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Saturday, 21 October 2017

It’s not just cricket

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  • Indian boys, who survived last year's tsunami, play cricket in Nagapattinam.

The success of the IPL has clearly put India’s cricket and the entrepreneurial spirit of its people on the world map. It is only a matter of time before most of the arguably loss-making cricket franchises take root in the capital markets with equity listings, as in Manchester United’s seeking a Hong Kong float.

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Every developing country has an epiphany in its history when it gets accepted as a member of the global elite. China’s moment came when it joined the World Trade Organization in 2001, while Brazil’s came when it was chosen to host both the summer Olympics and the football World Cup between now and 2016.

India’s moment of clarity was the result of three activities in which the South Asian nation excels – entrepreneurship, bureaucracy, and cricket. When the three combined in September 2007 to create the Indian Premier League, the cricketing world stood up and took notice.

From any angle, the IPL is a staggering success. In style and tempo, as well as its love of glitz, glamour and hard cash, the tournament emulates another triumph of sport branding, the English Premier League. Like Europe’s leading soccer league, the IPL has gorged itself on television revenues.

A retroactively revised, 10-year television rights deal, running until the 2017 season, is worth US$1.6bn, 20% of which goes straight into the coffers of the tournament’s regulatory overlord, the Board of Control for Cricket in India.

That guarantees the 10 IPL franchises US$130m each in hard cash over the course of a decade. Sponsorship money also floods in. Construction giant DLF Group shelled out US$50m to promote the tournament between 2008 and 2012, while second-string sponsors PepsiCo (US$12.5m) and beer-to-airlines group Kingfisher (US$26.5m) also paid to daub their logos around a host of gleaming stadiums.

To be sure, the money flows in both directions. Player salaries are, for a traditionally low-paying activity like cricket, astronomical. In the latest IPL auction in 2011, one of the franchises bought a player for US$2.4m. This makes playing in the IPL pro-rata the most lucrative-paying sport in the history of the world.

The question that pops to mind is: what next? In sporting terms, the IPL is already a global success story, viewed wherever one finds a sizable group of expatriate Indians, from Britain and Australia to the US and the Middle East.

Yet, in financial terms, the jury is still out. Most IPL franchises are widely believed to be suffering losses.

In some cases, this does not matter. Mukesh Ambani, who, according to Forbes, is the world’s sixth-richest man, can easily bankroll his team, the Mumbai Indians. So can billionaire Vijay Mallya, owner of the Kingfisher Group and the Royal Challengers team from Bangalore.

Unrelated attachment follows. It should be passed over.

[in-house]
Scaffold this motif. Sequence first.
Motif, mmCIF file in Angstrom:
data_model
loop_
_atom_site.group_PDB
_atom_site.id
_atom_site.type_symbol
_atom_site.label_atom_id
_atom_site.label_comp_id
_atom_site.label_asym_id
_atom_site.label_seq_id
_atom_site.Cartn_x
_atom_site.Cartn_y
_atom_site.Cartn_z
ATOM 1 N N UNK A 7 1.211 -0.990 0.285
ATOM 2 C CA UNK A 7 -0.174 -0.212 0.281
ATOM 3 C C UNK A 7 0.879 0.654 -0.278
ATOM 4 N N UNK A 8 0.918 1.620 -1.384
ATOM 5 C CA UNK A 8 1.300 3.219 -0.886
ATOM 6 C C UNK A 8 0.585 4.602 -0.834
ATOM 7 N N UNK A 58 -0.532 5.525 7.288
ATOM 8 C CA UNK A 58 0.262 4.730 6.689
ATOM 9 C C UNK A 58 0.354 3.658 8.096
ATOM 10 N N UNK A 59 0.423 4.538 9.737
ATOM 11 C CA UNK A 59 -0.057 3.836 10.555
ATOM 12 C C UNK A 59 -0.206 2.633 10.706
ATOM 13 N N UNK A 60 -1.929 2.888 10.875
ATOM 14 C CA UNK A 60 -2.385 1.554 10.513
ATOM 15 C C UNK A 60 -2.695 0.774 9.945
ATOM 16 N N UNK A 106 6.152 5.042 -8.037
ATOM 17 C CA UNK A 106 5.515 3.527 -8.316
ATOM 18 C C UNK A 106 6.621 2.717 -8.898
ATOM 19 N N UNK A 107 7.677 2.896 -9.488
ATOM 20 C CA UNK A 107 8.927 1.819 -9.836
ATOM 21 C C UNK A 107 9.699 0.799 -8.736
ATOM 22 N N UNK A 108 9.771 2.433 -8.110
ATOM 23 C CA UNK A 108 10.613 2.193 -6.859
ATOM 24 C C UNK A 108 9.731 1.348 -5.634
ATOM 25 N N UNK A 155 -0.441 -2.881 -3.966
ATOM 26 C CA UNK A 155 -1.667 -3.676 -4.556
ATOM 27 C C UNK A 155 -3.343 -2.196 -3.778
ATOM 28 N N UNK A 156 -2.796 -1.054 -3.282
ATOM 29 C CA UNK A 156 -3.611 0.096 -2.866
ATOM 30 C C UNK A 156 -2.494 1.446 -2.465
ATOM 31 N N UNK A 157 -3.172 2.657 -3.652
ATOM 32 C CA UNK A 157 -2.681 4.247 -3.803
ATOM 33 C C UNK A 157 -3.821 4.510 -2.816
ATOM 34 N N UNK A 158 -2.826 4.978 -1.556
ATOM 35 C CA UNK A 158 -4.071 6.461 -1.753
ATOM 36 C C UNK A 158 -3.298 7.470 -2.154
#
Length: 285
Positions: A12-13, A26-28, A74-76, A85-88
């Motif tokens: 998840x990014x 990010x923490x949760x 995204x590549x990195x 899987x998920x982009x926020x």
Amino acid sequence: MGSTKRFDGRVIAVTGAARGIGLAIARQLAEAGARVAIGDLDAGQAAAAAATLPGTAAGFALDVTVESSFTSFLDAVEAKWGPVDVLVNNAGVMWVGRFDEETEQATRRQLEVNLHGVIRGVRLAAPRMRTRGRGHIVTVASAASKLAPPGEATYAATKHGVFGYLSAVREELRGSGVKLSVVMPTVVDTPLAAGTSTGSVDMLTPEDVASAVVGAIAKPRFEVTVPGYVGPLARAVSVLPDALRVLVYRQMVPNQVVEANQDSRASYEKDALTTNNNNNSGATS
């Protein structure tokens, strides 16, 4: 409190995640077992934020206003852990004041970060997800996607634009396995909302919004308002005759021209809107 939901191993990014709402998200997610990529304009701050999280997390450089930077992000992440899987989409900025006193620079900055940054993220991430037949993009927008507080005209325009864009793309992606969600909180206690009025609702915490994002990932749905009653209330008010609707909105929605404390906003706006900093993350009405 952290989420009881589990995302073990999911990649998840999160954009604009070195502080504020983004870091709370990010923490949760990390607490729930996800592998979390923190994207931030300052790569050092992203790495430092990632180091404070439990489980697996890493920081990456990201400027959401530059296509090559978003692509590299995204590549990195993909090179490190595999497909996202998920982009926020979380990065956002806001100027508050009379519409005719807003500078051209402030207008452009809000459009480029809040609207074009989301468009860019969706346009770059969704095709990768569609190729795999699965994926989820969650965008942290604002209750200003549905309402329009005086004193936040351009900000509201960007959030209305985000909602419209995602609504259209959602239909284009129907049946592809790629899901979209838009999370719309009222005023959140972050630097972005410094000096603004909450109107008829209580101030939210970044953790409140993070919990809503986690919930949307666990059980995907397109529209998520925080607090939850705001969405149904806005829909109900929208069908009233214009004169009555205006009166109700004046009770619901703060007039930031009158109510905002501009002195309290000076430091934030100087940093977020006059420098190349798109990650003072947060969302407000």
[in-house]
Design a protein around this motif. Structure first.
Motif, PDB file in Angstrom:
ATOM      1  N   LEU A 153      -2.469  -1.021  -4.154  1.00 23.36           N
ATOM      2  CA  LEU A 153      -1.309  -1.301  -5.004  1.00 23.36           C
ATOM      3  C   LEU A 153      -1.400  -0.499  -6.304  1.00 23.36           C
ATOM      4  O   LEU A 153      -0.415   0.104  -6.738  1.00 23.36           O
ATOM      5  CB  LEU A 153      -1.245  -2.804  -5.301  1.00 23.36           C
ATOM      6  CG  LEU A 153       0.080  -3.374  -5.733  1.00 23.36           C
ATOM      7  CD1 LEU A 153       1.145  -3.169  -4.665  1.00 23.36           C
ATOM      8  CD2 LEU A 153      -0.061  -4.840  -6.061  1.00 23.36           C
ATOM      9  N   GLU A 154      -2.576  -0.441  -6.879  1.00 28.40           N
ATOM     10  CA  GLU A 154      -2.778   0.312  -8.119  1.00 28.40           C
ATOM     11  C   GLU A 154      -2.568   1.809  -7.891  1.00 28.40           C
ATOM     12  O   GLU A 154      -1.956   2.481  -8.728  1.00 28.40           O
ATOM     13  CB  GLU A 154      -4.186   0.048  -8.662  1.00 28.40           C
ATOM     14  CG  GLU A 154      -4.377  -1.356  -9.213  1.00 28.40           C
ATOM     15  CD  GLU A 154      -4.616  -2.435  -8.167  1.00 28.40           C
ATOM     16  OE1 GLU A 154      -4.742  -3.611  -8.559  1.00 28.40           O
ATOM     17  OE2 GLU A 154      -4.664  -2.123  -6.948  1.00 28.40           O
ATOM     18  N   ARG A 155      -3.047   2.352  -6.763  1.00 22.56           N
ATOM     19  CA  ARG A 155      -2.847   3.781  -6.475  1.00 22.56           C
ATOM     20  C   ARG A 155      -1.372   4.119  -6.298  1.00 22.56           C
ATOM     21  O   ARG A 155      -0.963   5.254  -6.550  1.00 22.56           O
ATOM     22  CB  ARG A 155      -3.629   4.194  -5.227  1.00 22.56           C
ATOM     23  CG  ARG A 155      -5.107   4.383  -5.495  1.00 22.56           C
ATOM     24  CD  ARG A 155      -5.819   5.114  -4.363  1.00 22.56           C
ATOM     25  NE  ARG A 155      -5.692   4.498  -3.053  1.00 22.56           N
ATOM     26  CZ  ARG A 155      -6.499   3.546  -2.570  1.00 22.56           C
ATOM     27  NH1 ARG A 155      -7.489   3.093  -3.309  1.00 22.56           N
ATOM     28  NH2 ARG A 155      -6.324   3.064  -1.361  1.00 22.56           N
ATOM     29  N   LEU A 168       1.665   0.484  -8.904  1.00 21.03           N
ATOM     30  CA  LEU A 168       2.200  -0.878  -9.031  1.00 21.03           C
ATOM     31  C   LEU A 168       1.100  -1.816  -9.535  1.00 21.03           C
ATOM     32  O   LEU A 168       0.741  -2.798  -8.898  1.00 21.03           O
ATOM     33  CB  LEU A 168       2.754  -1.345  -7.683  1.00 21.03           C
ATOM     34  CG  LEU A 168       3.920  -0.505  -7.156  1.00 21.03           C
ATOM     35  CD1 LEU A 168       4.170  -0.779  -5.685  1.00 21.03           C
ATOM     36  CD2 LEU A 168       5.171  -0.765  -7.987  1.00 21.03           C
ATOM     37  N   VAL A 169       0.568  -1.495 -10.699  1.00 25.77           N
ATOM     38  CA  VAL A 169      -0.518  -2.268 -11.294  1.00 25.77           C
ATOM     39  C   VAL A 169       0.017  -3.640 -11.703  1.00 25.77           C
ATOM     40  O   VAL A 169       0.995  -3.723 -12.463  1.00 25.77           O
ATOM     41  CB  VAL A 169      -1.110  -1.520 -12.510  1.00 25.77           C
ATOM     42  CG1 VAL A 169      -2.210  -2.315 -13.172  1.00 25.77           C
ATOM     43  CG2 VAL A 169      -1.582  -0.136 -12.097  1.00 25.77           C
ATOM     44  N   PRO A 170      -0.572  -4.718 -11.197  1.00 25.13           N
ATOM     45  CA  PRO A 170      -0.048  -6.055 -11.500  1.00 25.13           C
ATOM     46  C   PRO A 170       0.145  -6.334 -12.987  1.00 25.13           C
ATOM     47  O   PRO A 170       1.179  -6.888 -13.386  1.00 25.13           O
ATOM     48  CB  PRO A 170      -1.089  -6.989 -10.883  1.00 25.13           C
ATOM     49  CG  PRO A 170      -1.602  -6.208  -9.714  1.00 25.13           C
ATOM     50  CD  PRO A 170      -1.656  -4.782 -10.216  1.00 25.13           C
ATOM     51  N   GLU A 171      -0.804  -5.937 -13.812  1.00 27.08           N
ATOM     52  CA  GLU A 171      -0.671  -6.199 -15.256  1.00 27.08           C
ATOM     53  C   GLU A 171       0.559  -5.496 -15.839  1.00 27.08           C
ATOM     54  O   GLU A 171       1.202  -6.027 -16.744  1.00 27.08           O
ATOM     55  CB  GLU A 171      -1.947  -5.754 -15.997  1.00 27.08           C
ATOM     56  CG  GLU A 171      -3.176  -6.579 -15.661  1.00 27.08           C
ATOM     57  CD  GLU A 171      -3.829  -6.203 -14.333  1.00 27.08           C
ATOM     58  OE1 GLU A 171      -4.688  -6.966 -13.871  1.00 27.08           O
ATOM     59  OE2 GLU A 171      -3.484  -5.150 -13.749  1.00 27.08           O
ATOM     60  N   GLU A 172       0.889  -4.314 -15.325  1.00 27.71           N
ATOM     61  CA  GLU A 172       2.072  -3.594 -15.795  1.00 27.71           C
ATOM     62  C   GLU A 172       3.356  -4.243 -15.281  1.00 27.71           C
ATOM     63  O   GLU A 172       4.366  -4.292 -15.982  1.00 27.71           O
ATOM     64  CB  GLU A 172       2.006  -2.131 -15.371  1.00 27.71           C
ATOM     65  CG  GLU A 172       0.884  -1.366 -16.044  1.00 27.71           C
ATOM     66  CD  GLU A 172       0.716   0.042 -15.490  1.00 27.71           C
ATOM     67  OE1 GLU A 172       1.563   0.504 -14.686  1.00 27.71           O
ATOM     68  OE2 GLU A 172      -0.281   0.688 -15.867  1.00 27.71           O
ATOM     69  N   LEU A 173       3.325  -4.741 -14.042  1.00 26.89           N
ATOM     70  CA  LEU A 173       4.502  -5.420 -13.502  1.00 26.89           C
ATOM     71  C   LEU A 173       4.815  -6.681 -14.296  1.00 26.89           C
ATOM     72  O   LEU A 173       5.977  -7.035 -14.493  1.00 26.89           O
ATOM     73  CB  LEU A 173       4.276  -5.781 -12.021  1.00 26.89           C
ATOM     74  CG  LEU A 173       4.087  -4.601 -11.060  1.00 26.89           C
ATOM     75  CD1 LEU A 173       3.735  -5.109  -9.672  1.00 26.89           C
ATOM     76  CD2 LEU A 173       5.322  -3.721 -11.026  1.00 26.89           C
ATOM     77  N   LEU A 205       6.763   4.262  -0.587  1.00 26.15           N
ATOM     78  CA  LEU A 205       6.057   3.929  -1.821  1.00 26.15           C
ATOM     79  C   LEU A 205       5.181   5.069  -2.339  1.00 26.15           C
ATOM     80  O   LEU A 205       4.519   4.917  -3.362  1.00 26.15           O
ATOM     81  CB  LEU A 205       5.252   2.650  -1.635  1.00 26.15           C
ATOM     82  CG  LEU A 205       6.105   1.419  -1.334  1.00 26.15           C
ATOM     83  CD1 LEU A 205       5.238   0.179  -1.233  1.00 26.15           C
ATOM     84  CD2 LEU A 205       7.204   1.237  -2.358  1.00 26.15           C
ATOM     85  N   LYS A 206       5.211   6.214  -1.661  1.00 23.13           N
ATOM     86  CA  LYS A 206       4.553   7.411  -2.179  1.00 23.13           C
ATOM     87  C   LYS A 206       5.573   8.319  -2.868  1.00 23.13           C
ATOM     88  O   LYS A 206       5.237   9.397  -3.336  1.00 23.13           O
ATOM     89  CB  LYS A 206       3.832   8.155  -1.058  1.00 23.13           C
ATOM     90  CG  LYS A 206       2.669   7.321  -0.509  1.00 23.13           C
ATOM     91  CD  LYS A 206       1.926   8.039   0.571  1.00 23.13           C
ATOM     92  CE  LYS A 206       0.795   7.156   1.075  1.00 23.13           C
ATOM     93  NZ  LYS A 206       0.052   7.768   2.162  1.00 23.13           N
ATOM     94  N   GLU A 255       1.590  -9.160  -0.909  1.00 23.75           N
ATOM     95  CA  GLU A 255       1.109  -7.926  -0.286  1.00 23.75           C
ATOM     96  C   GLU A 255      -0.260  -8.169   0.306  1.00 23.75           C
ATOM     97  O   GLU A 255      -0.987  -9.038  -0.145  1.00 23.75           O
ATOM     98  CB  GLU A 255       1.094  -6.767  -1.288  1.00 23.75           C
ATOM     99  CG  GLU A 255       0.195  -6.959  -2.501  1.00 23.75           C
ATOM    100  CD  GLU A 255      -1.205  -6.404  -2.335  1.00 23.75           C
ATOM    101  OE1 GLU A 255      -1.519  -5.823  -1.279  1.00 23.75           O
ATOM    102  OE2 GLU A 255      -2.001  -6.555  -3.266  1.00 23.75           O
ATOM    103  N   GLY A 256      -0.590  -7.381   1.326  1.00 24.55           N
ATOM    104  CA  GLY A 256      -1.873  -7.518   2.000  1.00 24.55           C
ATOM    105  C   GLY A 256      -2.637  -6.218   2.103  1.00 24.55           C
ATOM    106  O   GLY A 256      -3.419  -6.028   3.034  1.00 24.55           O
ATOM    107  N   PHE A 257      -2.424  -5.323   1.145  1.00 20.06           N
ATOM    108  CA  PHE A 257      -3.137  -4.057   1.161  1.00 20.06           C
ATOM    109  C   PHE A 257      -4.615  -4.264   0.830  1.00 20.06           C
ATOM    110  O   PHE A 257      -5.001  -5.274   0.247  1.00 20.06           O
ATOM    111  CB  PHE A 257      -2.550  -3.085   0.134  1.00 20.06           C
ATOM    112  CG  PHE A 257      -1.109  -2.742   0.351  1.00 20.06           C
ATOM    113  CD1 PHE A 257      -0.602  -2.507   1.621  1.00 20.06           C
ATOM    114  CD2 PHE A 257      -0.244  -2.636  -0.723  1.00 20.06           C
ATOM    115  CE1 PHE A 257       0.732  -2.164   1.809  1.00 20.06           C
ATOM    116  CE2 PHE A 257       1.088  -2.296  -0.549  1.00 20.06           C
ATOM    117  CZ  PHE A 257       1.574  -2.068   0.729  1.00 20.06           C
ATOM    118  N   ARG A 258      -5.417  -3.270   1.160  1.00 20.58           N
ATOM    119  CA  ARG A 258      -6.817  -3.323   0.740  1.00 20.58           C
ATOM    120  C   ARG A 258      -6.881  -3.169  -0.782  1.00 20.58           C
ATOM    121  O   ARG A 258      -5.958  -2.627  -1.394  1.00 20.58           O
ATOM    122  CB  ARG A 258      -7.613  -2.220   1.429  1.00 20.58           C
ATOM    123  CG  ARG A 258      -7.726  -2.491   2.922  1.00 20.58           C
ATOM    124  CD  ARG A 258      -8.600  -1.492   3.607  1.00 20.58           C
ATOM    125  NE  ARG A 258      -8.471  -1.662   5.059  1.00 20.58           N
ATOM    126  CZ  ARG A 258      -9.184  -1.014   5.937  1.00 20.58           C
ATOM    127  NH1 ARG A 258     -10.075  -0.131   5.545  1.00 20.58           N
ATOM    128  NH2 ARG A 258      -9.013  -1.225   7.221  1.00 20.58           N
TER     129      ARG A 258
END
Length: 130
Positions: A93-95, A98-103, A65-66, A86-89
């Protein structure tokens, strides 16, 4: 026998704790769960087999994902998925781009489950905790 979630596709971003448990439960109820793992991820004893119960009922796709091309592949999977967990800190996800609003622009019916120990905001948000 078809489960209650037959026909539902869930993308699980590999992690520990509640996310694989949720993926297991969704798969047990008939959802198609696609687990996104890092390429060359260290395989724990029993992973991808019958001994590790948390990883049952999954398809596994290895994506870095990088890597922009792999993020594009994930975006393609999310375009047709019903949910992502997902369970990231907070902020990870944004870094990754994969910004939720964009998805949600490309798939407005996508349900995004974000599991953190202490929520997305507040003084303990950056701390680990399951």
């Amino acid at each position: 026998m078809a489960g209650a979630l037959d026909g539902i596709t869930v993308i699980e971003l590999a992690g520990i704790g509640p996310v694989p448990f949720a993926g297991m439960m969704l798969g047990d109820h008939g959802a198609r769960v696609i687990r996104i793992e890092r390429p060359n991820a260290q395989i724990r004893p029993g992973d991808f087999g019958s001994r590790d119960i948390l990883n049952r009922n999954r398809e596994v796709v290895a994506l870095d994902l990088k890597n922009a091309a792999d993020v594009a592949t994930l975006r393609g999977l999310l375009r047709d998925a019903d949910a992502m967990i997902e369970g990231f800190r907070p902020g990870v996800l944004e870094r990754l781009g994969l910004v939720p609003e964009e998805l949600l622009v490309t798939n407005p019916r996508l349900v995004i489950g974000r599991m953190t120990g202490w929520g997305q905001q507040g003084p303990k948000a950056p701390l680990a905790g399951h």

Financial fault-lines are more visible elsewhere. A mysterious group of Indian businessmen paid US$330m to buy the Kochi Tuskers, one of the two new teams auctioned in 2010. Yet, within 12 months, the owners, complaining of a lack of local support, were agitating to transfer the team north and west to Ahmedabad.

However, perhaps this was the point. In the US, sporting franchises are freely traded between cities. That free-wheeling ownership model may, in time, infect India, with teams traded as easily as cricket players. It will, at the very least, be a clear way for the business community to profit from their franchises.

For now, most owners profit from selling minority stakes in their franchises to equally cricket-crazy millionaires. In 2009, Bollywood actress Shilpa Shetty and her businessman husband Raj Kundra bought 12% of the Rajasthan Royals franchise for US$15.4m, effectively valuing the franchise at US$130m, almost double what its original owner, Mumbai media mogul Manoj Badale, paid the year before.

Many India-based investment bankers have been tasked with finding potential investors for IPL franchises.

Another exit route for original owners may be a simple initial public offering from a franchise. Indeed, this may come to be not just welcome, but financially necessary. The IPL may be, as the Bangalore-based cricket analyst Dileep Premachandran notes, “part-vanity project, part-business proposition” – again mirroring England’s EPL. However, it also needs a secure fiscal future.

As things stand, this is not going to happen. A salary cap sensibly imposed on each franchise (no more than US$9m can be spent on cricketers in any given season) was designed to level the playing field.

However, this has only worked to a point. Wealthy franchises have been widely accused of breaking salary caps in search of success, routing payments through offshore trusts. Over time, smaller franchises will, doubtless, need to raise fresh capital to compete with the likes of Ambani and Mallya, mostly likely through the raising of cash through stock listings in Mumbai.

“How can you compete with teams bankrolled by some of the world’s richest men,” asked Premachandran. “The only way to compete in the future will be to float the entity and raise money that way, or you sell your franchise to a much richer person, which most owners won’t want to do.”

The formation of the IPL has propelled India into a cricketing superpower. The next question is: Can anyone make money out of it? Only time will tell.

By Elliot Wilson, freelance reporter

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